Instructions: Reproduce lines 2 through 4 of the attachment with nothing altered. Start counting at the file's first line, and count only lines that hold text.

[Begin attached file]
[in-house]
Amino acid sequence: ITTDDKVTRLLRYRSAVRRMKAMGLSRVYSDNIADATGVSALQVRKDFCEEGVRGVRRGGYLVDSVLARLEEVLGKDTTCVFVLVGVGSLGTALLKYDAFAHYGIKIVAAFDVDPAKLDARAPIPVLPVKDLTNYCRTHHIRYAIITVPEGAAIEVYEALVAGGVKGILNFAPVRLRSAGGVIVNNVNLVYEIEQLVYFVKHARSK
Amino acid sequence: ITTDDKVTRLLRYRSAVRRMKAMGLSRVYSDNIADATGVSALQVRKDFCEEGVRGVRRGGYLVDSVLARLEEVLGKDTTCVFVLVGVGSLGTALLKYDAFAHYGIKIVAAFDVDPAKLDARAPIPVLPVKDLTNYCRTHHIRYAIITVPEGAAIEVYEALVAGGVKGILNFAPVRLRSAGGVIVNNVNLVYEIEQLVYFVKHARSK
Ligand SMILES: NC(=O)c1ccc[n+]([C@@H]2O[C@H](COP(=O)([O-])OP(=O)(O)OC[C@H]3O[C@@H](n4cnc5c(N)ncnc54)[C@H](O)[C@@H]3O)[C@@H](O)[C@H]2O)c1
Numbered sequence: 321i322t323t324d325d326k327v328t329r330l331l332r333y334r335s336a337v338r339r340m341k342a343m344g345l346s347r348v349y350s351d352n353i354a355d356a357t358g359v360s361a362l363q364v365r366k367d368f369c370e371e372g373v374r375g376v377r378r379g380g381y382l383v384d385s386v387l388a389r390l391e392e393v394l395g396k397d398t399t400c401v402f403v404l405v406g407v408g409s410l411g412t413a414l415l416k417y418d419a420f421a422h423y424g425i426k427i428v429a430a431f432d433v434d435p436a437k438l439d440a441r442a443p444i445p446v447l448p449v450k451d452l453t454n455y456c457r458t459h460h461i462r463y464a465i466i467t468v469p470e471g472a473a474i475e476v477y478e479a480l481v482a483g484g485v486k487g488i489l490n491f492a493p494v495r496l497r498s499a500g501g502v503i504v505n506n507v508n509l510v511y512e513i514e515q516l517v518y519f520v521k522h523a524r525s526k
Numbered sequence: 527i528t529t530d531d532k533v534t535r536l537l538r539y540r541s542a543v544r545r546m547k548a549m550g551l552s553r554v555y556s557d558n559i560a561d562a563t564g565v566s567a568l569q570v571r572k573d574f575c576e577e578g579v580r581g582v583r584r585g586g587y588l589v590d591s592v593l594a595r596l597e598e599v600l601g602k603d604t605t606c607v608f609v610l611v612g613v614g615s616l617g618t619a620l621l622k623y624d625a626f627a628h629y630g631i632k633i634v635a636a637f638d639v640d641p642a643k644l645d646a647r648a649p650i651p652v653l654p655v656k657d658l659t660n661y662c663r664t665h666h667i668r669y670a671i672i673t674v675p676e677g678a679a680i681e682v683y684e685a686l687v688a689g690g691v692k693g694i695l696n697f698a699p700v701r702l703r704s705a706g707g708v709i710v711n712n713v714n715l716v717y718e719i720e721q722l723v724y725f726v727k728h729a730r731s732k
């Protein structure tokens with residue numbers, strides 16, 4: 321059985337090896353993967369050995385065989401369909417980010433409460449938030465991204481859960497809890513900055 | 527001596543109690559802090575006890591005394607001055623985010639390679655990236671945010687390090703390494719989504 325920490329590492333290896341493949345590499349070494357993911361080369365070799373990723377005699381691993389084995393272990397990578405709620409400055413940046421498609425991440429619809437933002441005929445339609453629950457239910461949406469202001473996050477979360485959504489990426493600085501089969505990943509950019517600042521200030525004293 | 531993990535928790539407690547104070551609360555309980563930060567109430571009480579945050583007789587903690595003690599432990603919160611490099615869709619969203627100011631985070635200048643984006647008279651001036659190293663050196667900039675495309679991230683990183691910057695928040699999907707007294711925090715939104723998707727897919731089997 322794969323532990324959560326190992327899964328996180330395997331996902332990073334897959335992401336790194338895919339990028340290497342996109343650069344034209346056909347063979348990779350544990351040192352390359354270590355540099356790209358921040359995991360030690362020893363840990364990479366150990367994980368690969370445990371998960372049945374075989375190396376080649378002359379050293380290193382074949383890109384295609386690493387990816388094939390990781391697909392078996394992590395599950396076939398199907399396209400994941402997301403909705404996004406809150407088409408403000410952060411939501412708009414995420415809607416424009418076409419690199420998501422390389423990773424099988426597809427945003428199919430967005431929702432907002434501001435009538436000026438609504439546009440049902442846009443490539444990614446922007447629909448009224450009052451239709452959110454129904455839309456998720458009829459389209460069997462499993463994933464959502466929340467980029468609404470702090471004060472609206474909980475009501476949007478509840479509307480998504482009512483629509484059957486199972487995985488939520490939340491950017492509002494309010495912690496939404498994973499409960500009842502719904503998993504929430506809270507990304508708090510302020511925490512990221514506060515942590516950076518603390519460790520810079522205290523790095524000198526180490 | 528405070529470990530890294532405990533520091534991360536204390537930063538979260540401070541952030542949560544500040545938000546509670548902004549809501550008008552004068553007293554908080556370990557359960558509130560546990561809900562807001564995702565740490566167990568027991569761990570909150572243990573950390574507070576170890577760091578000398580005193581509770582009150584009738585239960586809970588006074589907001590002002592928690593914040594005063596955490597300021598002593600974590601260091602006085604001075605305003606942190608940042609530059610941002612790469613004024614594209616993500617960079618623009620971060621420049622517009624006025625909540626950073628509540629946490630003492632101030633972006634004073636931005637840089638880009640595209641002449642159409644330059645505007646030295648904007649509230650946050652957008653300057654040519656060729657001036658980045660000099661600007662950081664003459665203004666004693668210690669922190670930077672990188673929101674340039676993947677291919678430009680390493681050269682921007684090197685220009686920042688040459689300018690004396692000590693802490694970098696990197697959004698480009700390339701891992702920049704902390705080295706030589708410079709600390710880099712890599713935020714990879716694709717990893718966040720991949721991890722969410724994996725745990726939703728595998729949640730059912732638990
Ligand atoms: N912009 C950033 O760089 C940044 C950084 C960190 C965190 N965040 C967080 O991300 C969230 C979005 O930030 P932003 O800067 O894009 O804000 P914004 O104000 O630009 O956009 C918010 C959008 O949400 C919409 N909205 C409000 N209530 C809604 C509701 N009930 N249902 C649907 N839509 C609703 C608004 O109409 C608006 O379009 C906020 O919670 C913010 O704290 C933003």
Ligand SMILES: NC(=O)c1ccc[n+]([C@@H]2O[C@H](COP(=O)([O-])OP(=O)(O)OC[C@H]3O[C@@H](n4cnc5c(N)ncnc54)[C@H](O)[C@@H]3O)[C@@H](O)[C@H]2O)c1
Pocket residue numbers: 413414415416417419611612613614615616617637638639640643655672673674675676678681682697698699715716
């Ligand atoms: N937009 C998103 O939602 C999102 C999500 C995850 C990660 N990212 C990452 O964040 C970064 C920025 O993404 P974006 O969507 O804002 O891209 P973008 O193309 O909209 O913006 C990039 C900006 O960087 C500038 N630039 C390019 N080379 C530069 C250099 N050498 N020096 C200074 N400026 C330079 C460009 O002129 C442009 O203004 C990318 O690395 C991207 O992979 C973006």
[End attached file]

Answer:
Amino acid sequence: ITTDDKVTRLLRYRSAVRRMKAMGLSRVYSDNIADATGVSALQVRKDFCEEGVRGVRRGGYLVDSVLARLEEVLGKDTTCVFVLVGVGSLGTALLKYDAFAHYGIKIVAAFDVDPAKLDARAPIPVLPVKDLTNYCRTHHIRYAIITVPEGAAIEVYEALVAGGVKGILNFAPVRLRSAGGVIVNNVNLVYEIEQLVYFVKHARSK
Amino acid sequence: ITTDDKVTRLLRYRSAVRRMKAMGLSRVYSDNIADATGVSALQVRKDFCEEGVRGVRRGGYLVDSVLARLEEVLGKDTTCVFVLVGVGSLGTALLKYDAFAHYGIKIVAAFDVDPAKLDARAPIPVLPVKDLTNYCRTHHIRYAIITVPEGAAIEVYEALVAGGVKGILNFAPVRLRSAGGVIVNNVNLVYEIEQLVYFVKHARSK
Ligand SMILES: NC(=O)c1ccc[n+]([C@@H]2O[C@H](COP(=O)([O-])OP(=O)(O)OC[C@H]3O[C@@H](n4cnc5c(N)ncnc54)[C@H](O)[C@@H]3O)[C@@H](O)[C@H]2O)c1